Opinion polls suggest this year’s race will not be close. Still, an element of luck remains. There is always the possibility that the polling stations selected become unrepresentative.

“People think there is some magic,” Professor Curtice told The New York Times recently. “But we are only as good as the data.”

In 2019, writing just before the exit poll coped with a major shift in Britain’s electoral map, Professor Firth noted: “There is nothing in the new methods that guarantees such freakish accuracy!”

The greatest challenge is time pressure. In Britain, most people vote in person on Election Day, and it’s a working day, so there’s a surge of votes in the early evening. That leaves a small window before 10 p.m. for the data to be collated and analyzed.

Redistricting across much of the country since 2019 could also prove to be a difficulty this time around.

U.S. experts approach exit polls with caution, and there are good reasons for that.

America’s main exit poll, conducted by a consortium of news organizations — mainly broadcasters — and Edison Research, seeks to meet a broader set of aims under a significantly tougher set of conditions.

Instead of a single question on a mock ballot paper, the voters surveyed typically get 20 questions that gather demographic and issue data. The results are used to help project winners but also to facilitate a wider analysis of why people voted the way they did on election night.

And there’s a major barrier to replicating the British approach: Absentee and early voting is far more common in the United States. About 41 percent of votes were cast that way in 2016 and 70 percent in 2020, compared with 21 percent at Britain’s last election. The U.S. exit poll reflects this by using a phone, email and text survey as well as talking to voters in person.

“As much as our work in 2004, 2016, and 2020 has taken hits for specific errors in specific states and races, the overall average error in surveys is less than it was decades ago,” Joe Lenski, co-founder of Edison Research, noted in a 2021 interview with the American Enterprise Institute. “The real issue is educating about the kind of precision you can and can’t demand from these data.”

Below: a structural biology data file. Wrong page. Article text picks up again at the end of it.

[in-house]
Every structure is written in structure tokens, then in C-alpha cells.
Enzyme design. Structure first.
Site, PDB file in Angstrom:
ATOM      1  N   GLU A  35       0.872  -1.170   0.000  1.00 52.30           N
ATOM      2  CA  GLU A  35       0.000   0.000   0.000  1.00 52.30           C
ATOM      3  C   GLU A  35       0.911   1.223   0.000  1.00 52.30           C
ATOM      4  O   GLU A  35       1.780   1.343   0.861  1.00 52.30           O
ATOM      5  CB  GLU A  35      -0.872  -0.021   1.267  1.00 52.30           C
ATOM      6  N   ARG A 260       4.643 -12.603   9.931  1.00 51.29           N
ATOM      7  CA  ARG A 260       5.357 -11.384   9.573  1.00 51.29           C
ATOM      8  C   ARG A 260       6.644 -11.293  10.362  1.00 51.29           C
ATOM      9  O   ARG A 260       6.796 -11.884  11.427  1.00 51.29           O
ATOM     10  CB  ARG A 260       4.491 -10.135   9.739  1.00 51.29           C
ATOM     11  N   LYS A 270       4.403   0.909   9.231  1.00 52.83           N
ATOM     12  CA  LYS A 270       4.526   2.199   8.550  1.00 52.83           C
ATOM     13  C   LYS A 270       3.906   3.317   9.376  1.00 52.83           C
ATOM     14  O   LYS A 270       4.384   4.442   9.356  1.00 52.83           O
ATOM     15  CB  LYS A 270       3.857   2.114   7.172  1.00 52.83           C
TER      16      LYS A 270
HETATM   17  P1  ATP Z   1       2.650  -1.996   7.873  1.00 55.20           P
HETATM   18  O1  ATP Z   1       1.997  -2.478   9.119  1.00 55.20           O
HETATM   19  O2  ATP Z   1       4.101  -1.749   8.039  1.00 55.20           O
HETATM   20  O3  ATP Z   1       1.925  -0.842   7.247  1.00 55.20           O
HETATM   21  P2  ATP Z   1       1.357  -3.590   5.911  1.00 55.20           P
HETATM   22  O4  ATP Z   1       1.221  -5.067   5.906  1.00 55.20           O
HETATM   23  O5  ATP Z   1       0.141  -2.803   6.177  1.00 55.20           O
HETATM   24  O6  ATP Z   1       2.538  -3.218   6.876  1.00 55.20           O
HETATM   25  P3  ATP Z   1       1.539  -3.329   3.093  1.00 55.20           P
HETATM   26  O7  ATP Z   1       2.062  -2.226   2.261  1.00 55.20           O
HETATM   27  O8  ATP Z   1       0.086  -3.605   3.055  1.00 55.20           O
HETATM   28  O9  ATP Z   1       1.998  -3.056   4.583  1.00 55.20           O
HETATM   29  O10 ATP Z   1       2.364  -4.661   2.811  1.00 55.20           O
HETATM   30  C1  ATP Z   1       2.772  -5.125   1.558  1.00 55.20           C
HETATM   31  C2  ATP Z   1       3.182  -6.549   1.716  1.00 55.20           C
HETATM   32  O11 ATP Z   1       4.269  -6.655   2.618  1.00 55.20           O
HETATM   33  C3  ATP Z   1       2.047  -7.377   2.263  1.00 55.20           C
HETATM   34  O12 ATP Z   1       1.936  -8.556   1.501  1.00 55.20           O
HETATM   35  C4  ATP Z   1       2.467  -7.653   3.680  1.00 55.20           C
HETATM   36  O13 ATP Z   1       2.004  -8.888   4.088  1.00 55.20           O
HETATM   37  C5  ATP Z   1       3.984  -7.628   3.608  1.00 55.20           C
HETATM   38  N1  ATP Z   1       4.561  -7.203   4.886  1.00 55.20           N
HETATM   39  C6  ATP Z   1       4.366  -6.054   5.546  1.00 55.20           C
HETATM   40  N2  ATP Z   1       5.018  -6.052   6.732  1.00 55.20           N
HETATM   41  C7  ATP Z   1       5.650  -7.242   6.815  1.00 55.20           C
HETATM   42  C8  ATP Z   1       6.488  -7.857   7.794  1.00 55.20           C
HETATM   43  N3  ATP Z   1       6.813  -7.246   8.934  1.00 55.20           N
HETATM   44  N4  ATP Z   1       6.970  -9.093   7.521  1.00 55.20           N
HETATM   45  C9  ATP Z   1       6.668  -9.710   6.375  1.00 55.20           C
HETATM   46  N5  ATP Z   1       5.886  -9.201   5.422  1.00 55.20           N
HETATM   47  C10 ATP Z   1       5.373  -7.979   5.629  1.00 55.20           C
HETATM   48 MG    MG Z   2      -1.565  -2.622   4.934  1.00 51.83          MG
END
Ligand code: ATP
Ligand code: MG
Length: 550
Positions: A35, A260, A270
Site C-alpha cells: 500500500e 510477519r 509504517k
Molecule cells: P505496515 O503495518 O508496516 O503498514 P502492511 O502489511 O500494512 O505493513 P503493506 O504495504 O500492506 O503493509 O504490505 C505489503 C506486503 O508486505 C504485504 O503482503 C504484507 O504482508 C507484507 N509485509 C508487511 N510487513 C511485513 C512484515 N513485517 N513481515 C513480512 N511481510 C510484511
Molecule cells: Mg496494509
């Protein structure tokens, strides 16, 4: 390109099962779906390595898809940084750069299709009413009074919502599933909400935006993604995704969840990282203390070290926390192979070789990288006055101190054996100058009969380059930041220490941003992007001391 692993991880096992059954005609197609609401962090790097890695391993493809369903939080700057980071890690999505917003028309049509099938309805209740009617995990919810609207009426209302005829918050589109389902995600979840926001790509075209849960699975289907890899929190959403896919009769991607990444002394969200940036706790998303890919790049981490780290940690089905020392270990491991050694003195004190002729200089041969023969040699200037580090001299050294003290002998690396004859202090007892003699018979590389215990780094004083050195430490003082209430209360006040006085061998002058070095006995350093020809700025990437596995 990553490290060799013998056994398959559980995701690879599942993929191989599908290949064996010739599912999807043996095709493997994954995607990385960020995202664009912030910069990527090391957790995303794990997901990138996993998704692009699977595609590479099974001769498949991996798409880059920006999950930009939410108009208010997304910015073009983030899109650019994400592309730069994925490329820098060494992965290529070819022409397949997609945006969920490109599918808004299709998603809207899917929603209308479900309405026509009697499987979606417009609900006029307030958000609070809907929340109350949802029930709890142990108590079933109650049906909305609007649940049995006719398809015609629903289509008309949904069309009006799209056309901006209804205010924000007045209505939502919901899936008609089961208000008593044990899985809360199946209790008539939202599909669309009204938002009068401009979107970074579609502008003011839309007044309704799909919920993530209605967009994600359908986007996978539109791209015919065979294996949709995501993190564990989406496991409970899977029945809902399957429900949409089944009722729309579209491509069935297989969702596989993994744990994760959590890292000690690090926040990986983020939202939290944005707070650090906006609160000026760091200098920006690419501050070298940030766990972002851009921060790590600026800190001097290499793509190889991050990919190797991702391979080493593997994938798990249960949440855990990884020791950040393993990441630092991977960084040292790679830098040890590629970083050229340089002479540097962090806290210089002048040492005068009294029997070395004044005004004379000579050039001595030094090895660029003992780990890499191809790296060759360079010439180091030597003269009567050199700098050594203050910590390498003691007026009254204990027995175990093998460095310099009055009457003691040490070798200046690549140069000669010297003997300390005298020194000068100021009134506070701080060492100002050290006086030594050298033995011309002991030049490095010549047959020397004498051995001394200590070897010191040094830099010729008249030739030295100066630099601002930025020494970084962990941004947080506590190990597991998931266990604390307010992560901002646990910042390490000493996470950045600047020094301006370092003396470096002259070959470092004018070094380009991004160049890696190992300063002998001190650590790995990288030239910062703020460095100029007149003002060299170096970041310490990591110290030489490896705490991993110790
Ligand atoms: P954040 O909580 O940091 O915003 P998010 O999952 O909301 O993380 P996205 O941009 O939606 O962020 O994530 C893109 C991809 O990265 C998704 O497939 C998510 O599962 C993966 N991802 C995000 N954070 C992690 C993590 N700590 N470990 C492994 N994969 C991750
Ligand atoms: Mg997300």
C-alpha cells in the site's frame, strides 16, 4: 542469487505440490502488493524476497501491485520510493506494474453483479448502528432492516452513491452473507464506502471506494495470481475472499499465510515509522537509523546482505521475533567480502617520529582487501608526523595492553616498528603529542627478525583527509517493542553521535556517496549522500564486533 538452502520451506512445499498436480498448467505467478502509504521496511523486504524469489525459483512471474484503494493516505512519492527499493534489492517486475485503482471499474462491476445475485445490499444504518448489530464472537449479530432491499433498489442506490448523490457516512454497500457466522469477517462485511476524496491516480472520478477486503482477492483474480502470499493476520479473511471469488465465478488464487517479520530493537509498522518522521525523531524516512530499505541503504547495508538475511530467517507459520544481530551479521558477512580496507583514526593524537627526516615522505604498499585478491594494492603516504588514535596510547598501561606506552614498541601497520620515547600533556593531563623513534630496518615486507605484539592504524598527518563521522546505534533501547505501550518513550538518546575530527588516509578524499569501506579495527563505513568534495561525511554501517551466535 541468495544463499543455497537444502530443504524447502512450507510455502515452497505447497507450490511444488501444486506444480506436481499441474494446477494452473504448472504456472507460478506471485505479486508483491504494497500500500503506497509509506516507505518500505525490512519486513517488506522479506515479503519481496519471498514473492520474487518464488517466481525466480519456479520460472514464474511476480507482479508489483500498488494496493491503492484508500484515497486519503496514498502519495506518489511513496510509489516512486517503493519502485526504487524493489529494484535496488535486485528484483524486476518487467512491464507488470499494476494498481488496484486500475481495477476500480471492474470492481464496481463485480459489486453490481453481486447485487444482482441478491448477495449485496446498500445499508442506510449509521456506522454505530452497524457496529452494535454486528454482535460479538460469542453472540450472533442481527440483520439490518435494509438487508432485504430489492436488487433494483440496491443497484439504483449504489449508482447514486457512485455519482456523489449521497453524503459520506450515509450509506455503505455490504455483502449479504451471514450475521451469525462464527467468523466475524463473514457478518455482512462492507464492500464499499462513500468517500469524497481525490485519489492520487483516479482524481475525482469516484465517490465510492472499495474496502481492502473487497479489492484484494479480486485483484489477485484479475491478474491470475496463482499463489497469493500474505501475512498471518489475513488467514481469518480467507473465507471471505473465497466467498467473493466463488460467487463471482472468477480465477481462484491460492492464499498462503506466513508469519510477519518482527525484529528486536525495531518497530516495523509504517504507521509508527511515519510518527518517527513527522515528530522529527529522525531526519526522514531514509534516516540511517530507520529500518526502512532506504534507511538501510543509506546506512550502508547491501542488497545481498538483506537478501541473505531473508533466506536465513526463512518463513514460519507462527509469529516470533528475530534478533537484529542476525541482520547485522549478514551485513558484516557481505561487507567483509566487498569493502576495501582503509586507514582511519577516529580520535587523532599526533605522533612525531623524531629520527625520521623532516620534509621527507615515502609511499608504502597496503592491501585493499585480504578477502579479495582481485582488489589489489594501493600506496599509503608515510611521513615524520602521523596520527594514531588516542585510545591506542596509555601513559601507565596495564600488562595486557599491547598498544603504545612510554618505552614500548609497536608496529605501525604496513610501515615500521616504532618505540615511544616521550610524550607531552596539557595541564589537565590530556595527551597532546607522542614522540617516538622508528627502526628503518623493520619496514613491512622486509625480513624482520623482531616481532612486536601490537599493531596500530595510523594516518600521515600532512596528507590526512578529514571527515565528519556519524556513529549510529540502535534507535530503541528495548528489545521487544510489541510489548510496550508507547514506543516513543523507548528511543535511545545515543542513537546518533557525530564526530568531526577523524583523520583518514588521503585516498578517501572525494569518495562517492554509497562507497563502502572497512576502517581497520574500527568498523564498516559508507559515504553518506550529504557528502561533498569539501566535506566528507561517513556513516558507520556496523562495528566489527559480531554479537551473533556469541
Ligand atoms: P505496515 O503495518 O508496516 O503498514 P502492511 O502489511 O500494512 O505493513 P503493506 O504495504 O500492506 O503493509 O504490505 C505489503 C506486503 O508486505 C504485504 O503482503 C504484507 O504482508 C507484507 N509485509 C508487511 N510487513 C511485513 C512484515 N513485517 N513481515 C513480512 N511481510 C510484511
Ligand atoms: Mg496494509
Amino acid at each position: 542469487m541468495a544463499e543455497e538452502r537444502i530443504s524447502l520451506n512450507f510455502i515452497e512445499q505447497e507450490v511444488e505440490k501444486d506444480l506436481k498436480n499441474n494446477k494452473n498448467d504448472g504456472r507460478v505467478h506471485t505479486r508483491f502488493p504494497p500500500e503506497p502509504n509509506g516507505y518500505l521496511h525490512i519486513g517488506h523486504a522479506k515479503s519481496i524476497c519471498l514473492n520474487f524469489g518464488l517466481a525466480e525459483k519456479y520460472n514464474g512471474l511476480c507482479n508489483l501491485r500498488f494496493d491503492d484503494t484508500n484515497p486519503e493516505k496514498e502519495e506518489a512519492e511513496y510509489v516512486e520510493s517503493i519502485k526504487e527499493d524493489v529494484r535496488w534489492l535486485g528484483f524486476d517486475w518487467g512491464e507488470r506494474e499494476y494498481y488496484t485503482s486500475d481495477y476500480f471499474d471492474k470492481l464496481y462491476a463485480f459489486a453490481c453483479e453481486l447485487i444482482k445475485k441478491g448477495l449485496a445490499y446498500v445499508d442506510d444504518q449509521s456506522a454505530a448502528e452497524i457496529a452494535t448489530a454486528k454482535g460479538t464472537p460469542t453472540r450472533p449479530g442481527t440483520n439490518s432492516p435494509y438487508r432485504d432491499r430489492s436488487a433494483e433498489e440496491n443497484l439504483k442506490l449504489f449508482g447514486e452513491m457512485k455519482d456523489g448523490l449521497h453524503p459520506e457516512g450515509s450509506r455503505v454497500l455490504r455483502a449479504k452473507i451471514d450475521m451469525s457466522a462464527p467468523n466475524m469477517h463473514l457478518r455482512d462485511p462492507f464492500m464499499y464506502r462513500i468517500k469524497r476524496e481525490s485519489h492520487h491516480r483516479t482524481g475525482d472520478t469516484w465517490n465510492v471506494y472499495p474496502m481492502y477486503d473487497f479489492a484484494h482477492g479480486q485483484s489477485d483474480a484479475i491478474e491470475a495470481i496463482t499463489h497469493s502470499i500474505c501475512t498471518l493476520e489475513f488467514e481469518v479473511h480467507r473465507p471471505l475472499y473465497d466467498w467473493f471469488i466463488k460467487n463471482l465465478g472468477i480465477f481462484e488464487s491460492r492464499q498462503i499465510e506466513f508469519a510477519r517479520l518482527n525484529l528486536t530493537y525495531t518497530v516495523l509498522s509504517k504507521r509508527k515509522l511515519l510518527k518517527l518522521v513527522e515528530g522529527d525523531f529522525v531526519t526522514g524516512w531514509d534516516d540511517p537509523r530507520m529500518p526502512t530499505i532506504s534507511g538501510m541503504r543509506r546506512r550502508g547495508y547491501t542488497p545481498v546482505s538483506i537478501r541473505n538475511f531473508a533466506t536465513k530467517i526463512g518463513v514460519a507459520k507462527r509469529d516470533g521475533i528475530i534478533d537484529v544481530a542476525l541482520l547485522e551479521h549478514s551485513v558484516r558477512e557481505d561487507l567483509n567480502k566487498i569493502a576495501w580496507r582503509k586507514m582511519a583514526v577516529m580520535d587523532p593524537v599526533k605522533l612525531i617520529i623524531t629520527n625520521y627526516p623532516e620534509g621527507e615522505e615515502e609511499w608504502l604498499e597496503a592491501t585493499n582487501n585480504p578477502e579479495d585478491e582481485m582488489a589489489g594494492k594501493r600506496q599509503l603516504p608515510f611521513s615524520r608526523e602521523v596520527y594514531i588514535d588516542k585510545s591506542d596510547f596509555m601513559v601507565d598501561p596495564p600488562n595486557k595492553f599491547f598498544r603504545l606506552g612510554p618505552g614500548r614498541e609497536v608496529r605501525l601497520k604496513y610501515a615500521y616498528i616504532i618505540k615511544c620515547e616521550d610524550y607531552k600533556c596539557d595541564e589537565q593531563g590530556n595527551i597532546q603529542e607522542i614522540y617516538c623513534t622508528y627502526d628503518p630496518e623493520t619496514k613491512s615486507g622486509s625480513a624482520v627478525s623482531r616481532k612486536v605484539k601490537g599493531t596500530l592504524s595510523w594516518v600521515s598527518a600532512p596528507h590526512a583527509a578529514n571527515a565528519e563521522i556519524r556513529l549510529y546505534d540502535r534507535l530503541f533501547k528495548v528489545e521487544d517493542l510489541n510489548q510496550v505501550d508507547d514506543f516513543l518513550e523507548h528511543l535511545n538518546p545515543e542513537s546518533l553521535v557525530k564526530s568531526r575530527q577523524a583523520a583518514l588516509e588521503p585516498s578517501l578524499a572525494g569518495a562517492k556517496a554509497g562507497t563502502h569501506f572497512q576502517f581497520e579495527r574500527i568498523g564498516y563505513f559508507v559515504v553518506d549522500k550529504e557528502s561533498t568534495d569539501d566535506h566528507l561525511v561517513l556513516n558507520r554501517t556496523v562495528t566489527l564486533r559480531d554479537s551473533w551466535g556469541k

Complaints about exit polls are even louder elsewhere. India’s general election this year saw major stock market volatility and claims of electoral malpractice from the opposition after exit polls wrongly predicted a large majority for the incumbent B.J.P. Instead, the party was forced into a coalition government.

Election night is usually less turbulent, and a slice of viewers in Britain will switch off the TV coverage as soon as the exit poll is done.

But it can still yield entertaining moments. During the 2015 BBC election broadcast, the former Liberal Democrat leader Paddy Ashdown poured scorn on the projection that his party would be left with only 10 seats, down from 57. “If this exit poll is right,” he said, “I’ll publicly eat my hat on your program.”

In the end, the Liberal Democrats won eight seats, and the BBC presented Mr. Ashdown with a hat-shaped cake.

For Professor Kuha and team, the key moments have already taken place in the minutes before the 10 p.m. deadline. “It’s a very strange experience for an academic who is used to very different time scales,” he said. “So it’s sort of stressful but thrilling.”